Voices Supporting The Strike

What follows is a translation of an article originally published yesterday in PopPol magazine, by various authors, on the subject of the general strike now underway in Spain, Greece, Italy and Portugal, with protests in support across most European countries, including Ireland at 1pm in Central Bank Plaza.



Esther Vivas
, activist and militant in Revolta Global-Esquerra Anticapitalista:

There are an abundance of reasons: unemployment, poverty, precarity, cutbacks…Current policies merely increase the reasons for outrage and unrest. That’s why it’s so important to go on strike, since it’s the main instrument those of us at the bottom have for challenging power. A general strike is meaningful if it occurs within a sustained mobilisation over time and is not a mere one day hiatus.

This coming 14N, not only do workplaces and public services have to come to a halt, but we also have to bring about a social and citizen strike with strike committees in every neighbourhood and city, in which the unemployed, the precarious, the retired  and immigrants can have an active and important role.

The international dimension of 14N is one of its most important aspects. A general strike taking place in the main countries of the European periphery. The response to austerity policies must be cross-border. We will not defeat them country by country in an isolated manner. A spectre is beginning to haunt a Europe hit by crisis, adjustments, debt and austerity.


Jorge Moruno, sociologist and author of the La Revuelta de las Neuronas blog:

Not only are strikes ineffective, according to the regime, but they can also become what prevents us from getting out of the shithole in which we find ourselves, since it is their fault that we give such a bad image to the outside world, one of instability, which causes a lack of trust among so-called investors. The fairy tale about how the dismantling of public services is a desert crossing in order to recover an already mystified past is claptrap at least. We are not taking the rap for our excesses, but rather maintaining the viability of the profits of the 1%; before and now. First with the massive expansion of credit and the ideology of property-owning capitalism in place of wages. Ensuring a fictitious ability to consume, the cornerstone of the process of accumulation, was the priority. Now, by contrast, we are all obliged to pay a debt that for the most part was generated by the same people who profited from the lowering of wages, sub-contracting, and temporary work. Now they are still at it, marketising public services and condemning us to neo-slavery. Debt, more than an economic relation, is a form of political and psycho-social domination, which paralyses us and wipes out any democratic perspective. The priority, therefore, is to guarantee the profitability of the same financial institutions and modus operandi that profited in times of ‘bonanza’. Their way out of the crisis? More crisis, neo-slavery or unemployment, precarity or barbarism: a tourism colony.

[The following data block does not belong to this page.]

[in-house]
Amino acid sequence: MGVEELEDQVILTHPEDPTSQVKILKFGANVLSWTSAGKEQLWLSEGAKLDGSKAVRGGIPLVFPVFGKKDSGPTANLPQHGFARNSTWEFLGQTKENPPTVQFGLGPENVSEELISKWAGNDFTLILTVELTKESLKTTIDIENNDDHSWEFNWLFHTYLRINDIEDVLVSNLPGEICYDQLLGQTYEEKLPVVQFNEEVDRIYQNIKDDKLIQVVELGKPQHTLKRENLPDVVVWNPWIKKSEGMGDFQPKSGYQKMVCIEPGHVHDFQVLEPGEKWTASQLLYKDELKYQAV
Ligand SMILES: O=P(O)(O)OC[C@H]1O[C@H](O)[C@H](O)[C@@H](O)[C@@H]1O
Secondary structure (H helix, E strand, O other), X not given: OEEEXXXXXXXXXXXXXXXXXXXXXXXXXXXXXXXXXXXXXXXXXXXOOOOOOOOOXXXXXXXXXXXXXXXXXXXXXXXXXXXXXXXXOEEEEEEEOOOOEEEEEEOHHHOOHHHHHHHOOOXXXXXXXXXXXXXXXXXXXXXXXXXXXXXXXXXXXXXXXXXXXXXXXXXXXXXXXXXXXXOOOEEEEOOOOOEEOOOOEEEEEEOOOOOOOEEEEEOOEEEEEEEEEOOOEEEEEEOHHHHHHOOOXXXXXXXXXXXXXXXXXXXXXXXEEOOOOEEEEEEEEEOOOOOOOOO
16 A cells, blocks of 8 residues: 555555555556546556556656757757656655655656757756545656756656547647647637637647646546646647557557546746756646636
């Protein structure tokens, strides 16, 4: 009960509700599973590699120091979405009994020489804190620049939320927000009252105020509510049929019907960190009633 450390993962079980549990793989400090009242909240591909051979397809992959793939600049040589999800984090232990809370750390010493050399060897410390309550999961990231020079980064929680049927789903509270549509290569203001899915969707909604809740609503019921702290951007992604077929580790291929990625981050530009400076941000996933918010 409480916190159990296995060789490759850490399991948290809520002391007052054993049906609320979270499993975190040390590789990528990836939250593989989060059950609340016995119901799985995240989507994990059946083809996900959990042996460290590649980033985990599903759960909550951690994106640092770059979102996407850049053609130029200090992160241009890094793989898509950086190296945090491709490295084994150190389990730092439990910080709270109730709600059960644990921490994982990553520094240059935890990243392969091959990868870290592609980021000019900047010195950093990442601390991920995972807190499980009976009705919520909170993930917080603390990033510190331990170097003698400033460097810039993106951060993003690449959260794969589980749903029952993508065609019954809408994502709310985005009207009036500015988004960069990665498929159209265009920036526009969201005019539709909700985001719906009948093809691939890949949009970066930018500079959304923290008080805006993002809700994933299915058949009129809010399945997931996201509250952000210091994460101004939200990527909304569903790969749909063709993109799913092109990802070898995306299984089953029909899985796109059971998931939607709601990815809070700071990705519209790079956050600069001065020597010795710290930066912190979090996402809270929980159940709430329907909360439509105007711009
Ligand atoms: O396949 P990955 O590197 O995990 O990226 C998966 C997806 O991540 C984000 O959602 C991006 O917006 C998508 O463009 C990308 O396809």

So, why so much throat grabbing and foaming at the mouth by debate  panellists, mass media and bosses’ groups? Not just because of the strike itself, but above all because of what it might give rise to in the future. Those on top have money, contacts and businesspeople at their disposal for practising politics, those at the bottom have as our only power the fact of being many. The strike is the expression of dignity, of how ‘worthy’ the human being must prove in defence of her life. Without disobedience there can be no rupture, without rupture there can be no movement, without movement there is no autonomy, without autonomy there is no alternative, without an alternative there is no democracy. Mobilisations are a means of forcing a vacuum in the sovereign power, whilst we go about filling it with the politics of the multitude. It is from this point on that we must discover the step from declaration to constitution. Syriza would be unthinkable in Greece without a broad cycle of protests in the streets. That is what really scares them, our potential ability to become the people of the many, those who deal out the cards that seek different rules of the game. Democracy always makes its way amid embraces and punches.


Íñigo Errejón, political scientist and post-doctoral researcher at the Complutense University of Madrid:

Because no-one in their right mind trusts the traditional elites, who are leading us straight to Greece, or the lost Latin American decades of the 80s and 90s. The same prescriptions produce the same results, though to a different degree depending on the starting point. The cuts and the austerity discourse are basically a political offensive aimed at redistributing income and collective power even more towards privileged minorities, and to relocate Spain in a position of impoverished periphery. On this journey, we are undergoing a de facto constitutional modification and an oligarchical reordering of the regime of 78, one that excludes certain progressive agents who were crucial for its establishment back then.